RO Systems can be simple and complex and used in various applications. For this blog we are going to just be focusing on RO Systems for water treatment applications. We get quite a few questions when it comes to Reverse Osmosis Equipment. But some of the most common questions we receive are:
- What Testing Should We Be Doing On Our RO System?
- What Pressures Should My RO Be Running At?
- What Are My Flow Rates?
- What Do We Need To Do & When Do We Need To Do It?
All RO Systems will require maintenance at some point from pre-filter changes, to membrane cleanings and much more. Every water source is different and because of this the required maintenance schedule will differ from location to location. Even how the system is designed can change how and when maintenance is performed. It can even change how often you clean your RO Membranes including what chemistry you use. In order to begin to lay out a plan it first starts with monitoring your system and that starts with a Reverse Osmosis Daily Log. This daily log should be filled out daily to help you trend the performance of the RO System. By trending this data you can begin to see trends that can begin laying out your maintenance routine.
In the example below we look at Pre Filter Pressure Inlet & Post Filter Pressure.
|Day 1||Day 2||Day 3||Day 4||Day 5|
|Pre Filter PSI||40||40||40||40||40|
|Post Filter PSI||40||34||30||25||40|
By recording the pre filter inlet pressure and post pressure we are able to identify how often we need to change the Pre Filter. As seen in this example we change the Pre filter on Day 4 which had a 15 pound differential pressure. After changing the filter we went back to 0 psi differential pressure. If we continue to trend it we may find that every 4 days we need to change the pre filter. This can then be logged as a maintenance item and now you can pre plan for your time and products to be on hand. If you have to change 1 filter every 4 days you can calculate out how many you may need for the year to keep stock.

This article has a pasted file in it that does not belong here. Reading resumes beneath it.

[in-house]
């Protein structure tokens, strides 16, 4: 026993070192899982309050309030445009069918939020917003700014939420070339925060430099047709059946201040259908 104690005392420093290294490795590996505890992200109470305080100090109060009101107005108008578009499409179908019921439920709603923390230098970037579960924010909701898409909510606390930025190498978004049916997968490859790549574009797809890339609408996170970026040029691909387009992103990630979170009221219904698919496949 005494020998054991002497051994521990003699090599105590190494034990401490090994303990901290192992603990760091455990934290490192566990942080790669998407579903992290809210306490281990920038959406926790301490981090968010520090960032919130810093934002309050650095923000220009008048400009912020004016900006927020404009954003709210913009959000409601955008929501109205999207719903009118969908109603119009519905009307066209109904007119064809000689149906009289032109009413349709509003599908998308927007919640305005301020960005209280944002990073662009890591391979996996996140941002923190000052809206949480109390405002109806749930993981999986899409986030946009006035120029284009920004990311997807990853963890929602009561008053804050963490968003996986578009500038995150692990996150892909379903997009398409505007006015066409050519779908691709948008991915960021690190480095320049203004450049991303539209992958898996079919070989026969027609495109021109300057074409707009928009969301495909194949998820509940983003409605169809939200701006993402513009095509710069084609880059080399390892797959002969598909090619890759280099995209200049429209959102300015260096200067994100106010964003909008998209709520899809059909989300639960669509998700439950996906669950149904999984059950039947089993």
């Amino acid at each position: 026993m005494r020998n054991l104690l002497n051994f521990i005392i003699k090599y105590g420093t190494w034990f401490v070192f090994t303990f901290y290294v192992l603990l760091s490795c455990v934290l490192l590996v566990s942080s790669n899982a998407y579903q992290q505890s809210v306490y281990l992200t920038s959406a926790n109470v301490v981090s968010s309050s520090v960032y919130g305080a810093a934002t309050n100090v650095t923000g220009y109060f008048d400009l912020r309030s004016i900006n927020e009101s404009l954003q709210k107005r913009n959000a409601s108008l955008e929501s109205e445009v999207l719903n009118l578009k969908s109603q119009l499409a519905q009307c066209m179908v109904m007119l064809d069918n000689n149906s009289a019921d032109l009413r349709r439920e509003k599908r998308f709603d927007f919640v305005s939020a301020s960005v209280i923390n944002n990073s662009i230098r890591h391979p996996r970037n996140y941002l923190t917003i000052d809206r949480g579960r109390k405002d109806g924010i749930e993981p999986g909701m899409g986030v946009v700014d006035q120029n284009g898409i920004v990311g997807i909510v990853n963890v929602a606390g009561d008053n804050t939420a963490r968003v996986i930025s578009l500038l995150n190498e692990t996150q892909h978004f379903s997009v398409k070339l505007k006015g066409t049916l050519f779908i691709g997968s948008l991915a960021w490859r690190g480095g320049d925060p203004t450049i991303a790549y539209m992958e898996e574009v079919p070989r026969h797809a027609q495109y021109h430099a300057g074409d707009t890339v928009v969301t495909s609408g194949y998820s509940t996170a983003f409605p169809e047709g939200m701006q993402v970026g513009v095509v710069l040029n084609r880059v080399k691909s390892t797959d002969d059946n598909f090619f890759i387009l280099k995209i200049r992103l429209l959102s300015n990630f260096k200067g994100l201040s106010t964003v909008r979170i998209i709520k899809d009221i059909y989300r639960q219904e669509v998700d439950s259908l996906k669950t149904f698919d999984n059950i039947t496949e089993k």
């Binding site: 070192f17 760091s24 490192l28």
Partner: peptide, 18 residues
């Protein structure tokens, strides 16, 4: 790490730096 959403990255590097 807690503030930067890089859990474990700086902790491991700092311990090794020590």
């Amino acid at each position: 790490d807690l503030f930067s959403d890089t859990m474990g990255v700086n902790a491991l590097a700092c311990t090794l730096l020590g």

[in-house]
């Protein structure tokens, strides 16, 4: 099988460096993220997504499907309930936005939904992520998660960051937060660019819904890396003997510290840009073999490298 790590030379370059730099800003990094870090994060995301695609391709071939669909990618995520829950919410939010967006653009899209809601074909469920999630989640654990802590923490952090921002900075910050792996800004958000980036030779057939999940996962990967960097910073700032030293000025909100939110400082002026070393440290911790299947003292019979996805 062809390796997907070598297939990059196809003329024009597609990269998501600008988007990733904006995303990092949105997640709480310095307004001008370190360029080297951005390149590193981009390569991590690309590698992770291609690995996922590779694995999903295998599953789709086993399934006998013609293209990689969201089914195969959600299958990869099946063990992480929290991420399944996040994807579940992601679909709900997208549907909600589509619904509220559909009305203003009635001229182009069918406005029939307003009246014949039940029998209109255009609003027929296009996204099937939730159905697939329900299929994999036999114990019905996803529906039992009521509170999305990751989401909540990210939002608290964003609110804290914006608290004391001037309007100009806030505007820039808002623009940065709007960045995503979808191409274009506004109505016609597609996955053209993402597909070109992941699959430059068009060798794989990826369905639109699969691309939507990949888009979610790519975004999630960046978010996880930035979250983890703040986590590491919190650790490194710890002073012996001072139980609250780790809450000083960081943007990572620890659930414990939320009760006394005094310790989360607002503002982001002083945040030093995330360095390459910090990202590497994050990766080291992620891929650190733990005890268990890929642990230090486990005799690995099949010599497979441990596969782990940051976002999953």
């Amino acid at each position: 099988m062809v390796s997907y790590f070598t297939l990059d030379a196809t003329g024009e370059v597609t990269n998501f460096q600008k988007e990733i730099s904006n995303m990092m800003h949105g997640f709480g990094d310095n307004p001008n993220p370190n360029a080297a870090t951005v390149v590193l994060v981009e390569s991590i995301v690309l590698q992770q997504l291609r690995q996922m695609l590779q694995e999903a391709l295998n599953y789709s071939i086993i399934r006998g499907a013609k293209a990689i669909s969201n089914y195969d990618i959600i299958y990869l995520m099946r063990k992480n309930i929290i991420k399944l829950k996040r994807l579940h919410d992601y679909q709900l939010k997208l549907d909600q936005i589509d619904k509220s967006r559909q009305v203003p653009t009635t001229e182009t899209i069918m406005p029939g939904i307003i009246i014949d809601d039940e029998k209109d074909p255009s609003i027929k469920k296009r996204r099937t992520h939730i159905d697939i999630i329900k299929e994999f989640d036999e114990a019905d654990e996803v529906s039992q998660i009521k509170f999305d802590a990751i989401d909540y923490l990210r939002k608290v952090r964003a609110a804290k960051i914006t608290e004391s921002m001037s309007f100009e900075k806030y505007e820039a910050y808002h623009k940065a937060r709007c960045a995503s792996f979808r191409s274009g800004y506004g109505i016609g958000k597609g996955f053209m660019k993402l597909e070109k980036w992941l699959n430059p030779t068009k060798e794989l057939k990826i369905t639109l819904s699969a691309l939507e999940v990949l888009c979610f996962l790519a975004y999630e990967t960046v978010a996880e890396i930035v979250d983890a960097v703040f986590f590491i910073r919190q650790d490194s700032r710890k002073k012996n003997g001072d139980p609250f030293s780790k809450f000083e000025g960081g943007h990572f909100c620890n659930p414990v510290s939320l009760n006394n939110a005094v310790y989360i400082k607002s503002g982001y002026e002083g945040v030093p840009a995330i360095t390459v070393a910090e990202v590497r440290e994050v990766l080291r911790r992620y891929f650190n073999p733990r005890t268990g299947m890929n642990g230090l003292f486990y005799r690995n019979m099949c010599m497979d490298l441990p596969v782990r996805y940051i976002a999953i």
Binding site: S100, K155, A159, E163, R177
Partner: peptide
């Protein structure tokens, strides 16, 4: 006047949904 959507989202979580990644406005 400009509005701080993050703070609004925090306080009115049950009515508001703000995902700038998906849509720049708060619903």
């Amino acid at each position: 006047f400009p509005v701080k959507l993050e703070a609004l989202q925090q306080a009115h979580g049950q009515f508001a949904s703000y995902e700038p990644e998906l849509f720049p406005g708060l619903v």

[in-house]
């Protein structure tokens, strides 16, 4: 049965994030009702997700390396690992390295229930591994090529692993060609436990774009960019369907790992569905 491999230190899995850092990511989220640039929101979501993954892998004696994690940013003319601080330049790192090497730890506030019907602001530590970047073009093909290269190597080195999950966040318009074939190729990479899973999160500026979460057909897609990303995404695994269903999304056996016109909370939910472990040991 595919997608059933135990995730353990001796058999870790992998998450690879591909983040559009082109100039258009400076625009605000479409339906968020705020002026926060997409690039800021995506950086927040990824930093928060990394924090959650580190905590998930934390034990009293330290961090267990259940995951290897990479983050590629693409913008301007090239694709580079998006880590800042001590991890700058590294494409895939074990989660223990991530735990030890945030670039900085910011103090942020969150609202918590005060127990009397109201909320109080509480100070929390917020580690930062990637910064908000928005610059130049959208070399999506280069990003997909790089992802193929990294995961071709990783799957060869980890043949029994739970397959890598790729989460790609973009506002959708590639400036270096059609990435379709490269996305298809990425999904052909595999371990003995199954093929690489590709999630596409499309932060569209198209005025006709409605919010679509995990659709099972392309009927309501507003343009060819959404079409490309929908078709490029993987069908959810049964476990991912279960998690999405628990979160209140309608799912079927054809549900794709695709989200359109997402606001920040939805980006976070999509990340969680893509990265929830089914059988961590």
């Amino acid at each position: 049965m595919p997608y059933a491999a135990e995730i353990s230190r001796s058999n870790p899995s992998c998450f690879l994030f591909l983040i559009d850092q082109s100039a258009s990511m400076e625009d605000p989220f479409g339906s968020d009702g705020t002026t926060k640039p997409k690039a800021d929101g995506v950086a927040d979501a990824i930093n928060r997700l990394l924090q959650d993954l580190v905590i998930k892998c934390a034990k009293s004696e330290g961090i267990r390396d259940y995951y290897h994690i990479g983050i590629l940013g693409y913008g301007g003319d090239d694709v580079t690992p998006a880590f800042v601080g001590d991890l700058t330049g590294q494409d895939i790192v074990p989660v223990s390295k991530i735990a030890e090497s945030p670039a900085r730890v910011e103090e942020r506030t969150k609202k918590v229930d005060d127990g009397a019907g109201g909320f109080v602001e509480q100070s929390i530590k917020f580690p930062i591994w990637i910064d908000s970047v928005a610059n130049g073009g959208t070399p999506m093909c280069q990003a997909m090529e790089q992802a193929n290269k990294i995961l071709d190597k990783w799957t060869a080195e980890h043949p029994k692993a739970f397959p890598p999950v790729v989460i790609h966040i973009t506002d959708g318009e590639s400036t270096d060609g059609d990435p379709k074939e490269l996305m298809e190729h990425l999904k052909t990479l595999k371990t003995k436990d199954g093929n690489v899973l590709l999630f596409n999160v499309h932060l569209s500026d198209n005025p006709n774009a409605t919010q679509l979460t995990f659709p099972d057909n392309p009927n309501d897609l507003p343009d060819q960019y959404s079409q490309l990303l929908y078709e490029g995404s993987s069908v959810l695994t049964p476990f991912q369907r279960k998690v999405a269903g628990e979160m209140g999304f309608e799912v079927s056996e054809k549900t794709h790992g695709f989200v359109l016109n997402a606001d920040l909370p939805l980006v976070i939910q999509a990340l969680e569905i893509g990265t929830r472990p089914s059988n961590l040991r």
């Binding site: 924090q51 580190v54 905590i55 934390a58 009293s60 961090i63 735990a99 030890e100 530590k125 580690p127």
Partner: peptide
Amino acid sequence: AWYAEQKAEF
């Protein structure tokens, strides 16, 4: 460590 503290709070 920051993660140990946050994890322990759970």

The other items that you may be logging on the RO Log Sheet can help with other items such as RO membrane cleanings or RO membrane replacement.
Many of the major membrane manufacturers agree on the following statements:
- Reverse Osmosis membranes should be cleaned when normalized flow decreases by 10% from the initial acceptance test conditions
- Reverse Osmosis membranes should be cleaned when the overall pressure drop increases by 15% over the initial acceptance test conditions.
These two simple, explicit statements often go ignored, despite the fact that it has been demonstrated that the optimum cleaning response is achieved when these guidelines are followed. It can be difficult to recover performance if the system operates in a fouled condition for an extended period of time. Operating in a fouled condition could also cause irreversible damage to the Reverse Osmosis Membrane, which would require costly membrane replacements.
Logging this data and setting up your maintenance plan can help keep your reverse osmosis system in good operating condition. Below is a link to down load a Free RO Daily Log Sheet.